Pink Eye in Cattle

IBK-Infectious Bovine Keratoconjunctivitis. Pink Eye is a painful and highly infectious eye disease of cattle which if not treated adequately can result in large numbers of animals affected and temporary or permanent blindness.


The primary cause of pinkeye is bacteria known as Moraxella bovis, but other bacteria and viruses are often involved. The high risk period is late spring and summer. Pinkeye occurs predominantly in young cattle but cattle of any age can be affected.

Risk Factors.

Risk factors for Pink Eye include wind, dust, flies, stalky vegetation, and high stocking rate. Damage to the surface of the eye (scratching from grass seed heads) and ultraviolet radiation can predispose the eye to infection. The bacteria can be present on flies and grass seed heads. Forcing cattle to graze low in stalky feed is a high risk for pinkeye.

Clinical Signs.

The first signs of Pink Eye are weepy eyes. A central ulcer soon develops followed by cloudiness in the eye. If left untreated this ulcer enlarges and pus forms in the eye leading to increased pressure and eventual rupture of the eye in extreme cases. Pinkeye can cause prolonged and serious pain.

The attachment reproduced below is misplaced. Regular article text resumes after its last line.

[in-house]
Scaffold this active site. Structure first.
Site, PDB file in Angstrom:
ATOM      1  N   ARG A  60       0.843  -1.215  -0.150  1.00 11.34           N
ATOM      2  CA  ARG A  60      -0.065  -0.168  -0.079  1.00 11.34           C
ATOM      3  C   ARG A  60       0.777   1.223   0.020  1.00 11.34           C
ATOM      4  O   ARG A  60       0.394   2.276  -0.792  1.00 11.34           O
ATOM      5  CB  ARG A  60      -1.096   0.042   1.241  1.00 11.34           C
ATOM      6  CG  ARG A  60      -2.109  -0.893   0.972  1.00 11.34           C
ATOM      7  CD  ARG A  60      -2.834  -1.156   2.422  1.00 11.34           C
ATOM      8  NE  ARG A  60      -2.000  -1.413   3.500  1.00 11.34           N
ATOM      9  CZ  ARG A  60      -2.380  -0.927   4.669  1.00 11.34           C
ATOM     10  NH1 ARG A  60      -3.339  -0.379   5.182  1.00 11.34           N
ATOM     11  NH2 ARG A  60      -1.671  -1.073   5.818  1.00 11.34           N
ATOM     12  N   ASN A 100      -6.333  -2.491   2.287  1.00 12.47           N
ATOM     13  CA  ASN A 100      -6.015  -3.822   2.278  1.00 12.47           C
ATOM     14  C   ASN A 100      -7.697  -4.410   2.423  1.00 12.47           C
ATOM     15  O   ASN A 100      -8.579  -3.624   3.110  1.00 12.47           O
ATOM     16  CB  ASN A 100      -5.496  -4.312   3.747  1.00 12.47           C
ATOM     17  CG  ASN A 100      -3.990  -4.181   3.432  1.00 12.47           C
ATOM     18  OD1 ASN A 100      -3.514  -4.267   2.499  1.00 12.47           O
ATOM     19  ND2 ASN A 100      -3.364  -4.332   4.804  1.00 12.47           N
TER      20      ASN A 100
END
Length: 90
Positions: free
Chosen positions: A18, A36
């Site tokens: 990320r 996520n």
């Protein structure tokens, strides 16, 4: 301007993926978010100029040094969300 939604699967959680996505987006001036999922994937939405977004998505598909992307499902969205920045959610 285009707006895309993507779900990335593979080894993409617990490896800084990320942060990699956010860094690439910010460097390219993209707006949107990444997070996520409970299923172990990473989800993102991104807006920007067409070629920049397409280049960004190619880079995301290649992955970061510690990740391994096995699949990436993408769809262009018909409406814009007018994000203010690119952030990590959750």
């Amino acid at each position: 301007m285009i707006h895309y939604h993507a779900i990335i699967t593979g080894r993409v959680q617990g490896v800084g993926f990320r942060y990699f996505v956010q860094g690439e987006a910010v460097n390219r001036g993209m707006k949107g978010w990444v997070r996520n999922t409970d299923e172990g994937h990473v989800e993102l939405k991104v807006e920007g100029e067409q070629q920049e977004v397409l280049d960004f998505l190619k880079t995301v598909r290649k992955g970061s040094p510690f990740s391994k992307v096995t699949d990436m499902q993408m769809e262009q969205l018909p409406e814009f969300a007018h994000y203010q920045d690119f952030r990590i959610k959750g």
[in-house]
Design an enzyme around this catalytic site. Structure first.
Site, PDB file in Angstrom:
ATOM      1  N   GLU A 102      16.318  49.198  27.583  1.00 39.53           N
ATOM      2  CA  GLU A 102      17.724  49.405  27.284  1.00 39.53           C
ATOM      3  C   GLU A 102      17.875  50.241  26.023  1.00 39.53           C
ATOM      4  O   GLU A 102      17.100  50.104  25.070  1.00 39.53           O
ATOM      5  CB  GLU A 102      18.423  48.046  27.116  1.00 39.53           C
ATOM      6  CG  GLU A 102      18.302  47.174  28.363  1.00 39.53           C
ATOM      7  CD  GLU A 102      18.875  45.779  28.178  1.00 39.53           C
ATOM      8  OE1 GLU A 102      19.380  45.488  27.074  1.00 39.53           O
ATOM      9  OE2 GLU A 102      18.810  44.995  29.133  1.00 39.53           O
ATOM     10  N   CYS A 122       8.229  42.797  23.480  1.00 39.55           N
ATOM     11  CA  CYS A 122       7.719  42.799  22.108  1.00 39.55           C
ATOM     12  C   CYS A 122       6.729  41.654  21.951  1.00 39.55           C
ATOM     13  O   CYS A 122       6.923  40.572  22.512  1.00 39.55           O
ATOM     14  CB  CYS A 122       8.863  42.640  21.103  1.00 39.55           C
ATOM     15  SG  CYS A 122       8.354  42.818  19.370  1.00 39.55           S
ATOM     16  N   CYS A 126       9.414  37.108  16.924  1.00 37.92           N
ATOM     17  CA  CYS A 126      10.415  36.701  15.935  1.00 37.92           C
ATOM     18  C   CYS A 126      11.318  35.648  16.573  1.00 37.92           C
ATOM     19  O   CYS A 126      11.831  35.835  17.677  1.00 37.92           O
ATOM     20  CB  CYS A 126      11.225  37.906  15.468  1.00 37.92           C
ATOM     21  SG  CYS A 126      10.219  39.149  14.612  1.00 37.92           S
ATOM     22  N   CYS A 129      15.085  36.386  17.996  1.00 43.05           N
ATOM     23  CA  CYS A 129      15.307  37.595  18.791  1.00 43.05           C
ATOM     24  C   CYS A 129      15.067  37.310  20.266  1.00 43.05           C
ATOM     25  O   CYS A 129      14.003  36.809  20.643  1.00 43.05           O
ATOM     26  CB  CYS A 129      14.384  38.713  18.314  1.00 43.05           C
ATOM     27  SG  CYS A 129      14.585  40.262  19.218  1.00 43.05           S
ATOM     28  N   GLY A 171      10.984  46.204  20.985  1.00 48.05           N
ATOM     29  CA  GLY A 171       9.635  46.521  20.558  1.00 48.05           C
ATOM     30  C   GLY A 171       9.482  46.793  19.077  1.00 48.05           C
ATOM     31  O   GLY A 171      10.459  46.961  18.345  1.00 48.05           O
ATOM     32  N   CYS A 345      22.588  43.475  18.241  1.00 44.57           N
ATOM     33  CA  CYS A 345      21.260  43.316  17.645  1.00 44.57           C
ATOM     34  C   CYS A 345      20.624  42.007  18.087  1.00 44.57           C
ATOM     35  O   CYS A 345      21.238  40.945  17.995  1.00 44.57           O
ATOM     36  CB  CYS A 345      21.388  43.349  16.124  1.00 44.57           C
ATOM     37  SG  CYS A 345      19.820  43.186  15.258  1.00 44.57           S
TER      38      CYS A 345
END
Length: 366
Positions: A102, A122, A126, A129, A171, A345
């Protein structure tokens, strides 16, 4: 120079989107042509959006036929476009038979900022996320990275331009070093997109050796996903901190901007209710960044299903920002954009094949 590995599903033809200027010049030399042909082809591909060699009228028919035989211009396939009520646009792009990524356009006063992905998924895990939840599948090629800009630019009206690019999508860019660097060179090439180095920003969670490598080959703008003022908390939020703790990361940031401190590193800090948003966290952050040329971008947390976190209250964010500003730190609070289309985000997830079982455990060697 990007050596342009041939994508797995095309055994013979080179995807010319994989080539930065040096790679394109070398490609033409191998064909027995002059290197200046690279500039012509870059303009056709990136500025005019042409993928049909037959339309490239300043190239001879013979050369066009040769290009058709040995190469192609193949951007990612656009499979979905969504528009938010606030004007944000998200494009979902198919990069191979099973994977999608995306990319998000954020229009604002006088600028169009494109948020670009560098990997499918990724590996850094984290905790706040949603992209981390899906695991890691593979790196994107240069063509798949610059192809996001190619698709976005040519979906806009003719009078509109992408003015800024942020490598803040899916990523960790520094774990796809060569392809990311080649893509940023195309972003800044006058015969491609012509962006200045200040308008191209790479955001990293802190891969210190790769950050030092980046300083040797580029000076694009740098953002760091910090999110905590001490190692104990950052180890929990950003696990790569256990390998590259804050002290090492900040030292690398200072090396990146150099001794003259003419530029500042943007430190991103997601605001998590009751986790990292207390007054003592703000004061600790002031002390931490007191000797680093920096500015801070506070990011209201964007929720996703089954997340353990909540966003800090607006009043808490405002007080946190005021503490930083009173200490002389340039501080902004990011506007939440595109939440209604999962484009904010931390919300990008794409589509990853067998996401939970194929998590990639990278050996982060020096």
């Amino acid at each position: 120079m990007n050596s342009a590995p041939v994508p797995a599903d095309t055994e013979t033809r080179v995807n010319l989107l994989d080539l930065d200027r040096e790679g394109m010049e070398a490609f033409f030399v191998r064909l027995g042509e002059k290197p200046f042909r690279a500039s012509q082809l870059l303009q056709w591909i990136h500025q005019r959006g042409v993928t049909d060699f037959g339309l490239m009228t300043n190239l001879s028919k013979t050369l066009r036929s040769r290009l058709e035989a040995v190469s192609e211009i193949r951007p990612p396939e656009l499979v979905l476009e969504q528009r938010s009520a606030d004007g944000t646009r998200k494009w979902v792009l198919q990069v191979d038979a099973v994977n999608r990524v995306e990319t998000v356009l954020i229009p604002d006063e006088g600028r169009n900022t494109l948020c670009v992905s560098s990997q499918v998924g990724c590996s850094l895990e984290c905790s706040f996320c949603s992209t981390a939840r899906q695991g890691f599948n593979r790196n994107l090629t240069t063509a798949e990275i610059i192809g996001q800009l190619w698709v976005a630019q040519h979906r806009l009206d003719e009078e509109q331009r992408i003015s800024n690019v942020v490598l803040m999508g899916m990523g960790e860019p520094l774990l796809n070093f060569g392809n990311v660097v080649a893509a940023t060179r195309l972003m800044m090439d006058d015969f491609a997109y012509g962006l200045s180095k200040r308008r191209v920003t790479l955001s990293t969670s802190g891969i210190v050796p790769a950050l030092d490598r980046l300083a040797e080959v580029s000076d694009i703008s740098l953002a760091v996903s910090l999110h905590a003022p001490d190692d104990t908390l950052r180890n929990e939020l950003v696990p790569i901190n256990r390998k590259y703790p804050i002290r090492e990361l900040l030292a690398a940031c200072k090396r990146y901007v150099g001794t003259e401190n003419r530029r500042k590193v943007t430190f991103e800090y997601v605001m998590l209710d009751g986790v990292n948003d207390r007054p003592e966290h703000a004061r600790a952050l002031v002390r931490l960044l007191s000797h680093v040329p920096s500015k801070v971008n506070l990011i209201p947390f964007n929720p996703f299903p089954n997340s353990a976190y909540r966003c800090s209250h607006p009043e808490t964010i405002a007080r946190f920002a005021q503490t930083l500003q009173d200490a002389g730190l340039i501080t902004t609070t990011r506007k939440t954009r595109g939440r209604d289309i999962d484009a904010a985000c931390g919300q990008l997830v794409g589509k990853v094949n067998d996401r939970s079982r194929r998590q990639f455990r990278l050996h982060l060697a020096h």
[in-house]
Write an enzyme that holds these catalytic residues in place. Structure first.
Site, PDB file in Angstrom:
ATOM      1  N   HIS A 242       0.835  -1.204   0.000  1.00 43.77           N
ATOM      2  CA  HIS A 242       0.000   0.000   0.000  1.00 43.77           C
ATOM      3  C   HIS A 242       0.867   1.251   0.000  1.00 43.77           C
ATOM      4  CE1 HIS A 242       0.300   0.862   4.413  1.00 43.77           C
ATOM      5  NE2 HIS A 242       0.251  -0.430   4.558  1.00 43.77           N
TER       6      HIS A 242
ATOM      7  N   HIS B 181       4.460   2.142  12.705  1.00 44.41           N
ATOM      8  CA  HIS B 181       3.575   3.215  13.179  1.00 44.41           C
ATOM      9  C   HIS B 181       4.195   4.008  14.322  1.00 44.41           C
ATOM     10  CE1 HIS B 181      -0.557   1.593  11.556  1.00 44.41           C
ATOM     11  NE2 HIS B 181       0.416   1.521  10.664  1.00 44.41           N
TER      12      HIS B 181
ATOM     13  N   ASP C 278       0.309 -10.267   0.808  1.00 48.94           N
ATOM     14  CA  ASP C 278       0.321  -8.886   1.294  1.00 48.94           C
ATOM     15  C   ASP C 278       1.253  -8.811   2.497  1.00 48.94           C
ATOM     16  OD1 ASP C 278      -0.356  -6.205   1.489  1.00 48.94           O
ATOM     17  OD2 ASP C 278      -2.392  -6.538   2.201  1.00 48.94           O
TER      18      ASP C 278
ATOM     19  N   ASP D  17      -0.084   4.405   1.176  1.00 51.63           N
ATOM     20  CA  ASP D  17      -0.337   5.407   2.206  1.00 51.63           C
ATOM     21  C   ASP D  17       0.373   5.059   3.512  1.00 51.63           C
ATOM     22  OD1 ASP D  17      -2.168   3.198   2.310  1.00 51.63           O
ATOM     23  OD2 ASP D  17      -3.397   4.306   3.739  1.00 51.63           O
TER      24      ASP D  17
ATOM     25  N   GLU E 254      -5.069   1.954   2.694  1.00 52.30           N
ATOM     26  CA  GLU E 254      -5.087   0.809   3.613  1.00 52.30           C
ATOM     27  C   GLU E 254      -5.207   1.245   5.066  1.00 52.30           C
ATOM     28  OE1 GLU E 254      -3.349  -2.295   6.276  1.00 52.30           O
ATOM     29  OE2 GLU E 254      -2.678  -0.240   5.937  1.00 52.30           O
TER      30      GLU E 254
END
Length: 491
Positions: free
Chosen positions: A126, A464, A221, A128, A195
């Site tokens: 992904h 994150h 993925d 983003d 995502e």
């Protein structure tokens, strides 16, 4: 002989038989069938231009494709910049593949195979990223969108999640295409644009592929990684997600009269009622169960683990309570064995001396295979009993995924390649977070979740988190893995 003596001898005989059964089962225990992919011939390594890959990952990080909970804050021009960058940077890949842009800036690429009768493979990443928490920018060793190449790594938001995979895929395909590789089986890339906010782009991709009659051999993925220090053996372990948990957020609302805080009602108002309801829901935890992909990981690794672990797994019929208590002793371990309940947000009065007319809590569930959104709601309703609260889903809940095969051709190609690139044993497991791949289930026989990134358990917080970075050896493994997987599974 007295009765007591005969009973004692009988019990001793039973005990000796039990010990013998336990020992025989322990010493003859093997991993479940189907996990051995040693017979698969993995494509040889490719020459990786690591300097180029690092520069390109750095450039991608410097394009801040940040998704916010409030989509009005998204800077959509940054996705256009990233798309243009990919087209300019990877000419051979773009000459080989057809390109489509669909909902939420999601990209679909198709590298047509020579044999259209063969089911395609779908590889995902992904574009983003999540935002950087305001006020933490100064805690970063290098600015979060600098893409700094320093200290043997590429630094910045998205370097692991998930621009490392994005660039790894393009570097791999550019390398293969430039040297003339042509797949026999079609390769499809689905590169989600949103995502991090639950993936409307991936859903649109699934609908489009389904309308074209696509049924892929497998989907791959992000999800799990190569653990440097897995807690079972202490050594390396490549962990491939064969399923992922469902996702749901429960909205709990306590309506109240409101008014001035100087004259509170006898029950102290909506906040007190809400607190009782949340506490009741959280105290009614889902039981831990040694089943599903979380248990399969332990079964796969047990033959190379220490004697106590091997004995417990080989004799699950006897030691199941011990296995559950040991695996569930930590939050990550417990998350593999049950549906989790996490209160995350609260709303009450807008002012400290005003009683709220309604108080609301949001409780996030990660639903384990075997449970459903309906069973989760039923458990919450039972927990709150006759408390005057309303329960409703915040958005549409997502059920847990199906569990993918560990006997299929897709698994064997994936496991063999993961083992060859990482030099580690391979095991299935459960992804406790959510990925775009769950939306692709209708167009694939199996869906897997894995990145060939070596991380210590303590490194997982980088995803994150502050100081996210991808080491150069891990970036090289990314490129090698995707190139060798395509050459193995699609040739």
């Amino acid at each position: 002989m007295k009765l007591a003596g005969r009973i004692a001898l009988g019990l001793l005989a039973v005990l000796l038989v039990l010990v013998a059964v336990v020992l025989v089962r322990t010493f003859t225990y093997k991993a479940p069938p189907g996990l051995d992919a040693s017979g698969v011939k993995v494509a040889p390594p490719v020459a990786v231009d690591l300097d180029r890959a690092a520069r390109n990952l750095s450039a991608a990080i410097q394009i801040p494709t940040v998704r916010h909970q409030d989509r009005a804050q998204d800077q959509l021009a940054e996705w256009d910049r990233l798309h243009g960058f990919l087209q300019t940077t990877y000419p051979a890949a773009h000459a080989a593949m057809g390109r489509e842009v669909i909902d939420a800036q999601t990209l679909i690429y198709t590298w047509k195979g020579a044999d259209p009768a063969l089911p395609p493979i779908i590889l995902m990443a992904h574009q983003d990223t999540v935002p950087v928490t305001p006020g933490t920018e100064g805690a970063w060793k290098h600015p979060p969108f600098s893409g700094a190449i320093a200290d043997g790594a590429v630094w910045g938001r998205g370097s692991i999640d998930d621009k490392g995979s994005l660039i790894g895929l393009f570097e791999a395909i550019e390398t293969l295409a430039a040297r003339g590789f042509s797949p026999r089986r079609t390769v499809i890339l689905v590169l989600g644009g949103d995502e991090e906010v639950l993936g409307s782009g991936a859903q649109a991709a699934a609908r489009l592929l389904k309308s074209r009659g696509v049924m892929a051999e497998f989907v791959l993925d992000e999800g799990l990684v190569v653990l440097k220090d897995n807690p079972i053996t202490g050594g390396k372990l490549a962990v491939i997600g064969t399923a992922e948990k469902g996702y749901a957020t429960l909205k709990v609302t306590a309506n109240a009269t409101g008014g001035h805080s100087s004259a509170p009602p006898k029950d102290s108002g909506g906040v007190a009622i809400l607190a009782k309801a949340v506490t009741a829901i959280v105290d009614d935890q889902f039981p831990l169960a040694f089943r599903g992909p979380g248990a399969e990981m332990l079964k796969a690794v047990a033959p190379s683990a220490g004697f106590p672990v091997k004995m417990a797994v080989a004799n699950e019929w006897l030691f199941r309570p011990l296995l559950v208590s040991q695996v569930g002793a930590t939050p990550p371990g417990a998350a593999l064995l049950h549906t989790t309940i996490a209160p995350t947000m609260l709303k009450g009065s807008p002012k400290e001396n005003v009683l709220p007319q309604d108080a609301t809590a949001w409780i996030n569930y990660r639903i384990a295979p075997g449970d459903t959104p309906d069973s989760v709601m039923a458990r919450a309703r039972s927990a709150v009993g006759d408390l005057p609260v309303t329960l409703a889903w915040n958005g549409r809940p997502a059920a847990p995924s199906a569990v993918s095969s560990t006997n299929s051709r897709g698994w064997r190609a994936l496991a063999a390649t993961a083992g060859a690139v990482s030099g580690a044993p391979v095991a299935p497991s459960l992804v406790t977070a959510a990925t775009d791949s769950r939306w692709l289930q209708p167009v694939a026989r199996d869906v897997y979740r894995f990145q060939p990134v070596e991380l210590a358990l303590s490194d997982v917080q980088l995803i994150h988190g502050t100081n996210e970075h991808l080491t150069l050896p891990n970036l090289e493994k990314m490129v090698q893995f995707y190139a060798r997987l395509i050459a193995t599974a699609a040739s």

The Impact.

Pink Eye is an animal welfare issue causing prolonged and serious pain.

Consequences of Pink Eye include:

  • Depressed growth rates.
  • Loss or culling because of eye rupture and permanent blindness.
  • Disruption to seasonal grazing management.
  • Veterinary and labour costs to treat infected animals.
  • Lowered sale value of animals with eye lesions (weaner cattle).
  • Prolonged infection in an infected mob for 3-5 weeks.

The disease may exist for 3-5 weeks in some individuals, with a peak in a mob of about 3-4 weeks.

Despite this many farmers believe Pink Eye is not a significant problem and many choose to not treat or prevent the disease and let the disease take its course.

Diagnosis is made by clinical signs and in some cases swabs obtained from infected eyes. A veterinarian examination is required to confirm Pink Eye.

Management and Control.

Quick action is required to prevent the spread of Pink Eye. Affected animals should be immediately removed from the mob for treatment. Infected animals must remain separated.

Antibiotic treatments are commonly used to treat Pink Eye. These will be prescribed by your vet who will also show you how to treat animals and decide if the whole mob should be treated.

Surgery to either protect the eye with the third eyelid or close the eye completely is possible. 


A vaccine is available which is most effective if given 2-3 weeks prior to the expected Pink Eye season. It is less effective if given once the Pink Eye has started. Grazing management, stocking rate, and animal wellness are all very important aspects of Pink Eye prevention.